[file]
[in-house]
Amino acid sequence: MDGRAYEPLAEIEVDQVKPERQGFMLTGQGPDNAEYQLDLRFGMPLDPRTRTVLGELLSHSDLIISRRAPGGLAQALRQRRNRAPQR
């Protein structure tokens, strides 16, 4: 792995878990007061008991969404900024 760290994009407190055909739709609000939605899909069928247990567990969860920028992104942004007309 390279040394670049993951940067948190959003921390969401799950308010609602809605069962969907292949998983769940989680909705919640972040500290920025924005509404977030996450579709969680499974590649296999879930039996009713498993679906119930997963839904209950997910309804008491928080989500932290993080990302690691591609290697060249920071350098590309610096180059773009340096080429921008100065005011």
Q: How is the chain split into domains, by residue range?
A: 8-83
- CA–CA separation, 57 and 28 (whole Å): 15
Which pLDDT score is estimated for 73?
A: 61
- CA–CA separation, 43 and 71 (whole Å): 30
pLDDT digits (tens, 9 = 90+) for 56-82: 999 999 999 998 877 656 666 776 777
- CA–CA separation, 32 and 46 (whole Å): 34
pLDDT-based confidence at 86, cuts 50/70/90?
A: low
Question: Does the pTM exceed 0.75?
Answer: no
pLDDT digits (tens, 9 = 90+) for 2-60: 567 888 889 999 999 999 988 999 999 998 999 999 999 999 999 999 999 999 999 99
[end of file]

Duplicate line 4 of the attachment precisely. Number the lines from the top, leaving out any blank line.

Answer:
Q: How is the chain split into domains, by residue range?